Ben’s Tune-Up gets running on Hilliard Avenue

Ben’s Tune-Up has forged, perhaps, the first link between ‘60s Japanese rock, crystals, taxidermy, Chia Pets and the auto-repair industry.

Those elements play into the atmosphere at the restaurant, which opens Tuesday, June 25, on Hilliard Avenue. The food has its own set of idiosyncrasies.

“I like to see people having a good time,” says Jonathan Robinson, one of the restaurant’s four owners. “I was always the kid who threw the parties when I was in high school.”

The hybrid business (restaurant, bar, sake brewery and more) is set up for a party. In fact, it’s a party fortress. The high, cinderblock walls and metal fencing that surround the indoor/outdoor restaurant give it an industrial castle vibe.

The entry opens onto a wide courtyard, where a living wall softens the space; reclaimed wood gives the old concrete and metal a warm feel; homemade Chia Pets gaze at one another whimsically. In the courtyard and the cozy bar/dining room inside, there’s room for 250 people to hang out and discover what the place is all about.

Carpenters and co-owners Meg Alt and Molly Clark brought the building back from the brink. The build-out, which they completed mostly by hand, deserves a newspaper story of its own. “They definitely had a vision for this place, and I was lucky to meet them at the right time,” Robinson says.

“We’re doing a bunch of fun shit here,” says Elliott Moss, chef and part-owner. “ I think this is uniquely Asheville. We all live here. We all love it. This is the vision we have, and hopefully everyone digs it. If they do, then we did our job.”

Moss left The Admiral earlier this year to focus on Ben’s Tune-Up and his forthcoming Southern restaurant, Buxton Hill (in which he’s also partners with Robinson). He led the culinary crew at The Admiral since it opened in 2007.

But now, he says, he feels like he’s a chef for the first time. In the kitchen of Ben’s Tune-Up, he handles his ingredients reverently: the house-made ramen (and macaroni) noodles, the steaks of Japanese Amberjack flown in by Honolulu Seafood Company a day or so before, even a long rectangle of American cheese, which he has made himself.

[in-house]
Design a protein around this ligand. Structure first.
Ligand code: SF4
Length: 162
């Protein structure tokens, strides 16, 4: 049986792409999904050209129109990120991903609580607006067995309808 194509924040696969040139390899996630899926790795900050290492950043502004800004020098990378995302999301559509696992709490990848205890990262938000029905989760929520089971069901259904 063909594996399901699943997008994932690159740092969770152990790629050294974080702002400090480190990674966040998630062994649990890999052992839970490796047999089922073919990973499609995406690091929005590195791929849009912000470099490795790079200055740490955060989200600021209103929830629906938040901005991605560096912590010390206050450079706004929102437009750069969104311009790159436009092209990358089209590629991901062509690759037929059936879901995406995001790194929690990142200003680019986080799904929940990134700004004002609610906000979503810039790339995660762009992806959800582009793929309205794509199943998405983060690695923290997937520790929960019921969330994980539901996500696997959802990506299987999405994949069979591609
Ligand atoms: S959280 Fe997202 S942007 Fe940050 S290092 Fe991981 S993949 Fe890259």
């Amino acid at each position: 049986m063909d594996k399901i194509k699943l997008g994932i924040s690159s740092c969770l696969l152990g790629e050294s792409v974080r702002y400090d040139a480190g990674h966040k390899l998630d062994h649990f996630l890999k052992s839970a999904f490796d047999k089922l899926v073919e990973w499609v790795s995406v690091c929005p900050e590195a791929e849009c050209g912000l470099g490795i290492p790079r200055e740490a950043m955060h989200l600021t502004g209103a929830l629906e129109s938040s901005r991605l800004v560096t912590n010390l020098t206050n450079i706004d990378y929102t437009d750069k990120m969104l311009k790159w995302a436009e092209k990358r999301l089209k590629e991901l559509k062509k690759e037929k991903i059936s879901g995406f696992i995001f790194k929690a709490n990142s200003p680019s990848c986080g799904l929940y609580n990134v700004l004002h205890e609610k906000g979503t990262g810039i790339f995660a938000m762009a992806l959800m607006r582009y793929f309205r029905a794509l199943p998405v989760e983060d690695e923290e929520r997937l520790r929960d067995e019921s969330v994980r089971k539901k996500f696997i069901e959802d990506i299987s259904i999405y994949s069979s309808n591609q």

“This is somewhere I would want to come hang out,” Moss says.

Think of the food at Ben’s Tune-Up as sakana, Japanese pub fare, the kind found in izakayas, casual drinking establishments. Accordingly, the menu features yakitori — grilled meat skewers — sashimi and pickles. The small portions are priced a la carte at about $5 to $10 apiece, and meant to be ordered in multiples and shared. “Typically, you order yakitori, it’s just a skewer,” Moss says. “This is more of a composed dish, but an ultra-micro version. You get your stick of meat, but you get a little dab of this, a little dab of that.”

Think of it as a noodle shop: heaping bowls of ramen — featuring house-made noodles and pork broth — offer a more decadent option. “If you want to get full for $10, you can get a bowl of ramen,” Moss says.

Think of it as a American-style yoshoku restaurant. In Japan, yoshokus serve interpretations of Western fare that have developed over more than a century, such as hambagoo and Napolitan spaghetti (which are related to the dishes they sound like, but only somewhat). While you might not see those particular dishes at Ben’s Tune-Up, Moss will serve up plenty of katsu sandos — breaded chicken sandwiches with American cheese and white bread. “That’s just going to be our bar drunk snack, or for the picky eaters, or for the kids, and it’s going to taste like a really good chicken sandwich,” he says.

Since the late 19th century, Western food has been interpreted by the Japanese and transformed into something completely different. At Ben’s Tune-Up, Moss will add another level of interpretation to the mix.

Ben’s Tune-Up plays off the twisted nature of the yoshuku, in its cuisine and in its overall design: The name of the auto-repair shop that used to occupy the building lives on. Pictures of Japanese rock-and-rollers from the ‘60s hang in the bathrooms. The taxidermy animals make strange cousins to the chia-seeded critters outside. A Liberace-style chandelier hangs from the dining room ceiling. The restaurant’s flare skirts the bizarre and avoids nostalgia. Influences from the past are clearly in the grip of a fresh ideas.

“People want to be surprised,” Moss says.


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